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Talking to Myself about the Top 25 Supply Chains

Sorting out what it actually means to be ranked as one of the top supply chains in the world.

The latest ranking of the Top 25 Supply Chains has got me talking to myself, trying to sort it all out…

As they’ve done every year for the past 15 years, analyst firm Gartner has ranked what they consider the Top 25 Supply Chains in the world, with Colgate-Palmolive ranked # 1, supplanting Unilever. Do you think Colgate-Palmolive deserves to be at the top?

First of all, Colgate-Palmolive isn’t really at the top. To keep the rankings from looking exactly same year after year, a few years ago Gartner decided to move the highest vote-getters into a separate category that they call the “Master” group, which allows them to acknowledge that Apple is still the best, but they get to promote a “new” # 1 every year. This year it’s Colgate-Palmolive’s turn to be at the top.

So Unilever…

… is now considered one of the Masters, along with Apple, Procter & Gamble, Amazon and McDonald’s.

But getting back to Colgate…

Are they worthy of being # 1? It depends on what criteria you use. As we’ve noted before, the Gartner Top 25 is a bit of a beauty contest, since half of the rankings is purely based on opinion: 25% of the rankings are based on the opinions of 38 Gartner analysts, and 25% are based on the opinions of what they call “peer voters,” including supply chain practitioners and other industry experts.

Aren’t you also one of the peer voters?

Like I said, industry experts.

Hah!

Anyways, the other 50% of the rankings is based on things like return on assets, inventory growth and revenue growth, as well as a corporate social responsibility (CSR) score. The CSR score, though, seems to be based as much on promises as it is on actual accomplishments.

So getting back to Colgate…

Colgate-Palmolive has proactively taken a “no deforestation” stance, and has the goal of sourcing palm oil only from sources that are responsibly and sustainably produced by 2020. The company also plans to only source paper and packaging from recycled and responsible sources that do not contribute to deforestation and that respect human rights. Which is great and admirable, but Colgate, along with other food and consumer packaged goods companies on the Gartner list (such as Unilver and Nestlé), was cited a couple years ago by Amnesty International for things like supply chain labor abuses and deforestation. Nothing motivates a company to focus on CSR efforts more than being exposed in public, so it’s not quite accurate to assume companies are acting entirely altruistically when it’s their reputation that’s at stake if they do nothing. In the case of Colgate, the labor abuse charges were aimed specifically at one of its suppliers, not Colgate itself, but since the Gartner ranking is, in fact, of supply chains, not just companies, then it stands to reason that any company that has a recent past of employing suspect suppliers probably needs to do a lot more work to clean up its act, supply chain-wise, than just firing a supplier and announcing initiatives.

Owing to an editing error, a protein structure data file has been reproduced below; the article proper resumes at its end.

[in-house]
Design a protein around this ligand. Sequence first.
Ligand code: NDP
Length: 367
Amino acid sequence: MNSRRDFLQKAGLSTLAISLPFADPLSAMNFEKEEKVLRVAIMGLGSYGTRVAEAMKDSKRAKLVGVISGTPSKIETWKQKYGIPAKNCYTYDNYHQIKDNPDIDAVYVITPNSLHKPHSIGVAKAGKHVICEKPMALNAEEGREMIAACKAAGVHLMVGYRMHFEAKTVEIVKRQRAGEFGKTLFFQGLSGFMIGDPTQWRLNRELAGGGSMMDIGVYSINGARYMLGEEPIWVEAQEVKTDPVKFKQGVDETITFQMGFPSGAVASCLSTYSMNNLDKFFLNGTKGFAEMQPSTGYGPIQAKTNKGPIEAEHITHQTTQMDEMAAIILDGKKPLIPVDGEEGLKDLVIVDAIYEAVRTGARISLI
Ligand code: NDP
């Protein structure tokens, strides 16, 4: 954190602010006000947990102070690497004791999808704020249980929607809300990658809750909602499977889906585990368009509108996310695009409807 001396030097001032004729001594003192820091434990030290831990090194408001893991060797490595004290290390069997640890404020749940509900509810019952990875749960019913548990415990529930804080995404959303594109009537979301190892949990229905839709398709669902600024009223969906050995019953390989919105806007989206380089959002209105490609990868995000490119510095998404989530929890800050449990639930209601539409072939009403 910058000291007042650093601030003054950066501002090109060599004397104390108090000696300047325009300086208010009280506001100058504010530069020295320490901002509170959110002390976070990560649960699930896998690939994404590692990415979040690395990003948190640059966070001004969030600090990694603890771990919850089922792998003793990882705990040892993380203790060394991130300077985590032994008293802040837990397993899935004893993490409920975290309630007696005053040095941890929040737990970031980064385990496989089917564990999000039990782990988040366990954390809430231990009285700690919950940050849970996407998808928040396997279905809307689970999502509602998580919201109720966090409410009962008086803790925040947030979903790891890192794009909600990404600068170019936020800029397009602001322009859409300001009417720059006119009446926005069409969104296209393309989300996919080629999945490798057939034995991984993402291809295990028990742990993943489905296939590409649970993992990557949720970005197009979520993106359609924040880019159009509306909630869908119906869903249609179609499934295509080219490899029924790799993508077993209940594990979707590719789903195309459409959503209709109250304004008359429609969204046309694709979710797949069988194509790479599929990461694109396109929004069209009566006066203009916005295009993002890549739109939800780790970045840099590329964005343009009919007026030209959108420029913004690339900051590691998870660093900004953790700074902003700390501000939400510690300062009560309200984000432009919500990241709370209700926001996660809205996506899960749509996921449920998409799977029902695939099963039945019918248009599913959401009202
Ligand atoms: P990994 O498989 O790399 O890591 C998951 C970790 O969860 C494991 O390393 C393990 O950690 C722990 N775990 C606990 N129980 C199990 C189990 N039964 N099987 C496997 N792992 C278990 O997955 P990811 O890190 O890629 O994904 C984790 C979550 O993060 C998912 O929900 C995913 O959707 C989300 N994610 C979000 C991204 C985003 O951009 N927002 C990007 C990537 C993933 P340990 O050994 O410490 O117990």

Point well taken. But what is Colgate doing right, supply chain-wise, that got it to the top of the list?

For one thing, the company is using an end-to-end digital control tower that provides daily visibility throughout its supply chain. Colgate is also using predictive analytics and AI to improve production throughput and quality. Are they better than anybody else at supply chain? Probably not, but their return-on-asset average was phenomenal, and that helped push them to the top spot.

Were there any surprises on the list?

Every year a couple new companies join the list, which is no surprise, and this year two new companies appeared for the first time. AkzoNobel, a Dutch paint and coatings manufacturer, entered at # 24, near the bottom of the list, which is where first-timers usually appear. However, e-retailer Alibaba made its debut all the way up at # 13. Given the size of China’s economy, the idea that Alibaba could give Amazon a run for its money is a distinct possibility. And like Amazon, Alibaba’s growth is largely due to its logistics strategies.

So who fell off the list, then?

Unilever, as noted, moved up into the Masters group, so only one company actually fell off from 2018.

Don’t keep us in suspense…

Kimberly-Clark, who makes Huggies and Kleenex and other personal care and paper goods, was the only one to slide out of the Top 25 this year. They were ranked at # 21 in 2018.

Why do you spend so much time poring through the Gartner analysis every year, and then commenting on it, and putting together a big slideshow summary of it?

What I appreciate the most is that the Gartner rankings help shine the spotlight on the specific supply chain proficiencies of major companies, and goes into great detail to describe exactly how these companies’ success depends on how good they are at supply chain management. That’s a story well worth telling, and Gartner tells us very well. So for all the flaws in the methodology of the rankings, I think it’s an important study and one worth discussing.

A tip of the hat to Cleveland Plain Dealer columnist Terry Pluto, whose “talking to myself” format inspired this take on the Top 25.

TAGS: MHL Magazine
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